Lee Act moves toward new OK
Raleigh News & Observer
Legislators want incentives for a Dole plant and the Cheesecake Factory
By DAN KANE, Staff Writer
Lawmakers in the state House and Senate pushed aside longstanding complaints about the William S. Lee Act on Tuesday so that two major businesses looking to expand in North Carolina could take advantage of its job-creation tax credits.
The nine-year-old act was to expire Dec. 31, and lawmakers were working on a revised economic incentives program this session.
But The Cheesecake Factory wants the act’s existing incentives as part of its planned bakery in Nash County, and Dole Food Co. wanted the act’s tax breaks as part of plans to build a plant in Gaston County to process fruit and vegetables.
The Cheesecake Factory bakery is expected to employ 500 by 2012, officials have said, while lawmakers said Dole could bring 3,000 jobs in the next five years.
"Folks, it’s all about the jobs," said Rep. Bill Owens, an Elizabeth City Democrat.
But opponents in the House said supporters had circumvented the Lee act reform effort in order to provide the tax breaks. Lawmakers stripped out an unrelated bill last week, replaced it with the Lee act extension, and did not run it by the House Finance Committee, which often approves legislation with tax implications.
"It should be an insult to the House," said Rep. Julia Howard, a Davie County Republican and a Finance co-chairwoman. "There has been no review, no oversight."
The act would provide $1.5 million in tax credits to the Cheesecake Factory, a California-based restaurant chain. It’s unclear how much Dole would receive in tax breaks.
Rep. Paul Luebke, a Durham Democrat and co-chairman of the Finance Committee, said the bill makes a mockery of development zones that had been meant to steer business to depressed inner-city areas.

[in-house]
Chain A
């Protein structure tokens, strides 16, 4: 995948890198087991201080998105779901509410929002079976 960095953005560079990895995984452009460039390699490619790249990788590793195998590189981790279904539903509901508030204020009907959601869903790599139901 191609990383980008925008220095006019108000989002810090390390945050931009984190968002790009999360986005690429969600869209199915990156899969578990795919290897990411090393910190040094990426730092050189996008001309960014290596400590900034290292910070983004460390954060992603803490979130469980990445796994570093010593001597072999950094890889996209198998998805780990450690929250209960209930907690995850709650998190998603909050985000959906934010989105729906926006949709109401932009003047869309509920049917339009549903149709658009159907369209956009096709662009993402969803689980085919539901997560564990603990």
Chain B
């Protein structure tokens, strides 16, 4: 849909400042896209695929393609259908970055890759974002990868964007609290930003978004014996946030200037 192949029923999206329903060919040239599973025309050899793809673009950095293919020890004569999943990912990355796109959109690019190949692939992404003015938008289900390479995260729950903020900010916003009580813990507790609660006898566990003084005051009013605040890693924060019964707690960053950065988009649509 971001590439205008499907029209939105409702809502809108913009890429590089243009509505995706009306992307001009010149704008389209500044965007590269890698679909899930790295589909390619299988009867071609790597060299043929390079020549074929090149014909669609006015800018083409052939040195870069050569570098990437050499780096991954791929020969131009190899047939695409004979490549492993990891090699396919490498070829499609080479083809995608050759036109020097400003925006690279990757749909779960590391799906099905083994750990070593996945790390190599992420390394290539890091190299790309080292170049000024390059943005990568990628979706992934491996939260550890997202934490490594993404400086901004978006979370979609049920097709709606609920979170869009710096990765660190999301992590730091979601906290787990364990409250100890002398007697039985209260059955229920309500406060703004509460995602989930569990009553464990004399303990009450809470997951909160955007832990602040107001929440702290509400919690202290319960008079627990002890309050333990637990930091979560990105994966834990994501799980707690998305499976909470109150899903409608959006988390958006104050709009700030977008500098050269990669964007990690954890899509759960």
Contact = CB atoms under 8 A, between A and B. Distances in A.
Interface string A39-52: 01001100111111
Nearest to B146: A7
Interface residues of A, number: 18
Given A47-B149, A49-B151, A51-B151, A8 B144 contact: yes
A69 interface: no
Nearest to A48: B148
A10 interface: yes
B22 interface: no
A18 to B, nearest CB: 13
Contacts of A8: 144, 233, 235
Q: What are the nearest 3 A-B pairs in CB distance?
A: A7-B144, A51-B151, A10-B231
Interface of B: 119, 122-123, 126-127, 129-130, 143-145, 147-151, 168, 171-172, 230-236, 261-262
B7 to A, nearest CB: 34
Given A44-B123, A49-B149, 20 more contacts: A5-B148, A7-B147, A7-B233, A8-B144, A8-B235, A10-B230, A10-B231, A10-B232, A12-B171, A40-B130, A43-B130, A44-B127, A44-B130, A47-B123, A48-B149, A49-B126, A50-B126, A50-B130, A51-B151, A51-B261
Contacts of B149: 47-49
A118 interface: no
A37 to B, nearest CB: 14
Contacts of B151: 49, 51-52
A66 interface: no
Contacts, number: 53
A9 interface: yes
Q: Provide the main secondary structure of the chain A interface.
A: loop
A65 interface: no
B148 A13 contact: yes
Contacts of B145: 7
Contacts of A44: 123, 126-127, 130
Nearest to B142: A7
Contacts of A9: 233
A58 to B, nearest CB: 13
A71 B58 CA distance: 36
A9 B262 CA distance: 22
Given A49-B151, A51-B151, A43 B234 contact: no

"Somehow, through the rewrites of the bill, a development zone is now as large as an entire city, and the development zone for The Cheesecake Factory is out several miles from downtown Rocky Mount," Luebke said.
The legislation also extends the Job Development Investment Grant program for another two years. Rep. Paul Stam, an Apex Republican who also opposed the bill, said the extensions would provide businesses about $300 million in tax breaks over the next two years.
But a majority in the House supported the bill, 74 to 44, while only one senator, Ellie Kinnaird, a Carrboro Democrat, opposed it in the Senate. The bill still needs a second vote in the House, scheduled for today, for final approval.
After the vote, House Speaker Jim Black, a Mecklenburg County Democrat, said it was important to move the bill Tuesday so the state could successfully attract Dole.
"We just can not afford to lose these jobs in North Carolina," Black said.
He said he plans to meet with Dole’s CEO, David H. Murdock, today.
Black said lawmakers will continue their evaluation of the Lee act, which has come under fire for providing much of its tax relief to companies in counties with strong employment, and for providing help to companies that did not need it to relocate or expand in North Carolina.
Staff writer Dan Kane can be reached at 829-4861 or [email protected].
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